Credit is a ubiquitous part of everyday life. Used to obtain a home loan, vehicles, appliances and more, your credit score impacts your ability to access banking services and negotiate better deals.
While “credit” may seem like an amorphous term, it’s also a very real number with tangible impacts on daily life. Finance providers use your credit score or credit rating information to decide whether to give you credit or lend you money. If you are approved for a loan, your credit score may impact the interest rate you receive and the terms of your loan.
It’s important to be aware of your credit score before moving forward with any major financial decisions and before you start applications, especially when it comes to large ones like mortgages.
But the good news is that even if your credit score isn’t ideal, it can be improved. Let’s take a look at how credit impacts your access to finance, how to check your credit rating and how it can be improved too.
Understanding the types of credit rating
In Australia, credit ratings are calculated by a number of financial factors. A few of these include:
- Number of credit cards owned
- Credit card spending limits
- Past and present debts
These factors — along with a number of others — are used to calculate your final credit score. This is usually determined by the bank, lender, or financial institution in question, and is aggregated from the three major credit bureaus in Australia.
Credit ratings in Australia generally fall between 0 and 1,200 and are categorised into bands — low, fair, good, very good, excellent. The lower the score is, the less likely banks will authorise credit purchases. Lenders will be more risk-averse to borrowers with lower scores. They may offer borrowers smaller loans with higher interest rates. In contrast, borrowers with higher scores appear less risky to lenders. Borrowers may be offered higher loan amounts with lower interest rates. The exact figure that indicates an “excellent” credit rating in Australia varies slightly from institution to institution, but broadly speaking a score of 800-1200 is considered to be in this category.
How to check your credit score in Australia
Regularly monitoring your credit score allows you to keep a close eye on fluctuations, as well as catch identify theft or fraud in its earliest stages. This process will help you make the most of your money while protecting your bottom line.
If you are uncertain about how to find out about your credit score in Australia, you can consult with one of the major third-party credit check providers such as Experian, Illion or Equifax. Credit report providers expect some form of identifying documentation, as well as your name, birth date, and driver licence number. Once your credit report has been successfully requested, you can expect to receive your credit report within a couple of business days.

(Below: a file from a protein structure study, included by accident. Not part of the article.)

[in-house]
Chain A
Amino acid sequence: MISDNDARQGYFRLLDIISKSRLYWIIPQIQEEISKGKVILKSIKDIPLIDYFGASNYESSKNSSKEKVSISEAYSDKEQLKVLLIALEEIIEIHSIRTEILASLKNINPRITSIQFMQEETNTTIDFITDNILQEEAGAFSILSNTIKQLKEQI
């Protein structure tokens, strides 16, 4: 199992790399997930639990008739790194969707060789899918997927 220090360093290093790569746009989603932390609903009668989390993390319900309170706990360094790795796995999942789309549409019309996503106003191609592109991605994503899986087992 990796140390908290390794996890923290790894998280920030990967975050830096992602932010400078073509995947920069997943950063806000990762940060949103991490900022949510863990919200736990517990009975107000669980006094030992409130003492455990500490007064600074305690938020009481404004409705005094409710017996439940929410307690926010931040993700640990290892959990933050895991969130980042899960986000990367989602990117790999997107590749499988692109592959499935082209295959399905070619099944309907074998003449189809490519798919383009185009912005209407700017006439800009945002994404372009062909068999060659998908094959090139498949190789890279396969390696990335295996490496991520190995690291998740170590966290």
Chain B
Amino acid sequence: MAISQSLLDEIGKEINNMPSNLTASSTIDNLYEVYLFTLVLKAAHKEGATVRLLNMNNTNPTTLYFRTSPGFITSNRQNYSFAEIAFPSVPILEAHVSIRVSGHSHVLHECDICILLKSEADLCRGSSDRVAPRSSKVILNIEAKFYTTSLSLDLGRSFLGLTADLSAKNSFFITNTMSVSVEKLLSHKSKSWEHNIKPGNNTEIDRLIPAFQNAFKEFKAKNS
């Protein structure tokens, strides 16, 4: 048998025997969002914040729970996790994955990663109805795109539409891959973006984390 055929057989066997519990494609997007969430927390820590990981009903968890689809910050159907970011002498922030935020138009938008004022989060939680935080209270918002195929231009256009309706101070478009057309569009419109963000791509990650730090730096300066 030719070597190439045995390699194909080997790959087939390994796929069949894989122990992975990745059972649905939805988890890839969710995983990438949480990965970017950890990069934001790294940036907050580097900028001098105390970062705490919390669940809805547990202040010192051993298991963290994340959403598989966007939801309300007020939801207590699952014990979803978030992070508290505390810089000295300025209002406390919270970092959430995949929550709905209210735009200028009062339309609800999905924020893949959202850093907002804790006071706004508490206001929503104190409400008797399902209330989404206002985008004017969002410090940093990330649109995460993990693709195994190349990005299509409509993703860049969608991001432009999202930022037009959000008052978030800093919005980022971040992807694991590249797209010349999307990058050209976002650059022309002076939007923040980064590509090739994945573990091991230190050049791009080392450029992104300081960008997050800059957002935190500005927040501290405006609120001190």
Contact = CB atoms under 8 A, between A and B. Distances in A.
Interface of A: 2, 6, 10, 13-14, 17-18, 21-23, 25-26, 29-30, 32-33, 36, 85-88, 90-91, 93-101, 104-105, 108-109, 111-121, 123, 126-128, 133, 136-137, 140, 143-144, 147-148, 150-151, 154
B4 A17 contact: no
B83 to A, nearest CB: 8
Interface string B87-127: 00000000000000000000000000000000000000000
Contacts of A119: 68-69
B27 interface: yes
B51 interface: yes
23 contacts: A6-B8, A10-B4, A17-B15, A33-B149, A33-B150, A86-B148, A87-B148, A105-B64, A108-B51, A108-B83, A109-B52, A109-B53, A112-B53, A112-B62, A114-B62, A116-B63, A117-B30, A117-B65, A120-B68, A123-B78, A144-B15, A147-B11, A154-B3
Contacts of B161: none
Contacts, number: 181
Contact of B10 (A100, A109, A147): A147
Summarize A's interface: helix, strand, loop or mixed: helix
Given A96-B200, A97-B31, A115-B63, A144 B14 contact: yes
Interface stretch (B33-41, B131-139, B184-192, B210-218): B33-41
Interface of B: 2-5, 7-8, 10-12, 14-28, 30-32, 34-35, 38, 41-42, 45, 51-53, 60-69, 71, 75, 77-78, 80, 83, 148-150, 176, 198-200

There is a common misconception that checking your credit score could negatively impact it. However this is false and you can request your credit report often as you need. There is no penalty for vigilance in the realm of credit scores.
Can you restart your credit score?
There is currently no way to “restart” your credit score in Australia, per se. Unless the information on file is outdated, incorrect or inaccurate, you will not be able to hide or remove any reported details. Regularly monitoring your credit is the best way to keep your score from falling below your desired bracket.
Beware of credit repair companies that claim they can remove information to restart your credit score. Information that is correct, even if you don’t like it, cannot be removed.
6 ways to improve your credit score
If you’ve requested a credit report and are not happy with the result, there are number of things you can do to improve your credit score and become more attractive to lenders. As with most elements of financial wellness, credit repair starts with small steps in the right direction. While they’re not overnight fixes, they can help improve your credit score over time when used diligently.
1. Take out smaller loans and make regular repayments
This helps to demonstrate that you are a trustworthy borrower and makes you more attractive to lenders.
2. Reassess your number of credit cards and spending limits
If you’ve got less access to funds, it’s more difficult to get into bad debt. This is also an opportunity to look for ways to cut back on your overall spending.
3. Use debt consolidation and refinancing solutions carefully
Although these can be good financial strategies, they can also have negative effects on your credit score if used over an extended period of time. It’s always worth seeking financial advice before opting for this kind of solution.
4. Pay off your mortgage and bills before the due date
When you’re continually making late payments on your bills, your credit score can take a hit in the process.
5. Limit the number of credit applications you make
If you’re declined for a loan or credit it may negatively impact your credit score.
6. Check your credit rating regularly
Credit checks can help spot irregularities, such as debt that has been paid off but not yet removed from your credit score calculations. We’d suggest every Australian do this at least once a year, whether or not you’re actively seeking loans.